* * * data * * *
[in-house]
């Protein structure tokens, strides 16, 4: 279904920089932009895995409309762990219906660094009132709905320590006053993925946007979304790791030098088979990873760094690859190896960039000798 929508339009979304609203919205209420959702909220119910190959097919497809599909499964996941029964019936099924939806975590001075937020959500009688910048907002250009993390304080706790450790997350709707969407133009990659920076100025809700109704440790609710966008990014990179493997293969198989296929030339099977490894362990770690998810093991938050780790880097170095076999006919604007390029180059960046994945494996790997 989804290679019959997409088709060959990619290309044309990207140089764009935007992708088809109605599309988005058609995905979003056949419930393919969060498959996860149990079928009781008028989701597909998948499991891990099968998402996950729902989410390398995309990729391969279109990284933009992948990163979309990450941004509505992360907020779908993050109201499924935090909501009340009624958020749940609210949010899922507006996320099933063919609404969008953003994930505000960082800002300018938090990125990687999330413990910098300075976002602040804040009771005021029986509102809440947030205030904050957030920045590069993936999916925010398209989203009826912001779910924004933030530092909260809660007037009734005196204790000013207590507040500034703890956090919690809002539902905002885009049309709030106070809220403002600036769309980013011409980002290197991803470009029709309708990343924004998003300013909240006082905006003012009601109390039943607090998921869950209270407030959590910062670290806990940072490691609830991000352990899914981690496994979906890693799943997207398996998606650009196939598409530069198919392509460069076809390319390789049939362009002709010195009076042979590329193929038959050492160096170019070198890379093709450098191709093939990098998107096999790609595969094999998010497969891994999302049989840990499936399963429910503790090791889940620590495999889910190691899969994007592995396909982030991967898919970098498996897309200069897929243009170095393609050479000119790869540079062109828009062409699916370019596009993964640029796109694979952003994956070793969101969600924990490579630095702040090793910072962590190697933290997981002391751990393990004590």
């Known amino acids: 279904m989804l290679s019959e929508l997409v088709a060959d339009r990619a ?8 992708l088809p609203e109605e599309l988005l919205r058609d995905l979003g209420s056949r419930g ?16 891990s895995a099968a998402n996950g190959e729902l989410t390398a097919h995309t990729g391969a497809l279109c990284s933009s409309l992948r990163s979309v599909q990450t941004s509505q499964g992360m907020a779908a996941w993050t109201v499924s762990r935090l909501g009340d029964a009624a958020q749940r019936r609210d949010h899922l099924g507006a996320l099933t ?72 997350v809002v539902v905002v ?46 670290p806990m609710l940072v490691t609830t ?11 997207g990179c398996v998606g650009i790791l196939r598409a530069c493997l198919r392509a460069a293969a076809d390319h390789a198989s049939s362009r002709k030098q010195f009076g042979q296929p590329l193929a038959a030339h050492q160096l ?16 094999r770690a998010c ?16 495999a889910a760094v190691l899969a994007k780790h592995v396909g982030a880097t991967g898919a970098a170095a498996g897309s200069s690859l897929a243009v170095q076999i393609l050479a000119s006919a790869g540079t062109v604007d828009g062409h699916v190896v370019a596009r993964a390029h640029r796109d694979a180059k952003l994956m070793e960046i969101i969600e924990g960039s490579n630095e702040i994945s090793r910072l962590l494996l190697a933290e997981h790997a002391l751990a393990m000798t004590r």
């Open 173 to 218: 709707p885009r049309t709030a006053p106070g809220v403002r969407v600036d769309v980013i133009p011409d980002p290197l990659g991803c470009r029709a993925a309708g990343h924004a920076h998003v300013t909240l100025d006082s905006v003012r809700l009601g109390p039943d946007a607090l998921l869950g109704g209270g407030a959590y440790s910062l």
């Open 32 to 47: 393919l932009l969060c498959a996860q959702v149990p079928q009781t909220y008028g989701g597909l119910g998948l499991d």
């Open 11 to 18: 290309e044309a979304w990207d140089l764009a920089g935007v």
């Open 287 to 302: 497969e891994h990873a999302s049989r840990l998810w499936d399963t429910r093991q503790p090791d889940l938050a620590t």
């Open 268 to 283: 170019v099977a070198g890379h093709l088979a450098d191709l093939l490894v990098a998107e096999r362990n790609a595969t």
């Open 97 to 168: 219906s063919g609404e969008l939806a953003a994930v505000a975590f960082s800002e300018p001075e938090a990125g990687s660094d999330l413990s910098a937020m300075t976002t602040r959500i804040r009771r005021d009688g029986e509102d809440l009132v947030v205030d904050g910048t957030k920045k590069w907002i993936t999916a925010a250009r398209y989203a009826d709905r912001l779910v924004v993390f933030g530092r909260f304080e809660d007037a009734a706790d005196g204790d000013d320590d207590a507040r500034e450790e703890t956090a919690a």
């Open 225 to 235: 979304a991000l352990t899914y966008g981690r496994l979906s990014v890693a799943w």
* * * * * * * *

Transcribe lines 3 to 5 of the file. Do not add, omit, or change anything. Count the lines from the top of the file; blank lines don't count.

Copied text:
């Known amino acids: 279904m989804l290679s019959e929508l997409v088709a060959d339009r990619a ?8 992708l088809p609203e109605e599309l988005l919205r058609d995905l979003g209420s056949r419930g ?16 891990s895995a099968a998402n996950g190959e729902l989410t390398a097919h995309t990729g391969a497809l279109c990284s933009s409309l992948r990163s979309v599909q990450t941004s509505q499964g992360m907020a779908a996941w993050t109201v499924s762990r935090l909501g009340d029964a009624a958020q749940r019936r609210d949010h899922l099924g507006a996320l099933t ?72 997350v809002v539902v905002v ?46 670290p806990m609710l940072v490691t609830t ?11 997207g990179c398996v998606g650009i790791l196939r598409a530069c493997l198919r392509a460069a293969a076809d390319h390789a198989s049939s362009r002709k030098q010195f009076g042979q296929p590329l193929a038959a030339h050492q160096l ?16 094999r770690a998010c ?16 495999a889910a760094v190691l899969a994007k780790h592995v396909g982030a880097t991967g898919a970098a170095a498996g897309s200069s690859l897929a243009v170095q076999i393609l050479a000119s006919a790869g540079t062109v604007d828009g062409h699916v190896v370019a596009r993964a390029h640029r796109d694979a180059k952003l994956m070793e960046i969101i969600e924990g960039s490579n630095e702040i994945s090793r910072l962590l494996l190697a933290e997981h790997a002391l751990a393990m000798t004590r």
């Open 173 to 218: 709707p885009r049309t709030a006053p106070g809220v403002r969407v600036d769309v980013i133009p011409d980002p290197l990659g991803c470009r029709a993925a309708g990343h924004a920076h998003v300013t909240l100025d006082s905006v003012r809700l009601g109390p039943d946007a607090l998921l869950g109704g209270g407030a959590y440790s910062l």
């Open 32 to 47: 393919l932009l969060c498959a996860q959702v149990p079928q009781t909220y008028g989701g597909l119910g998948l499991d």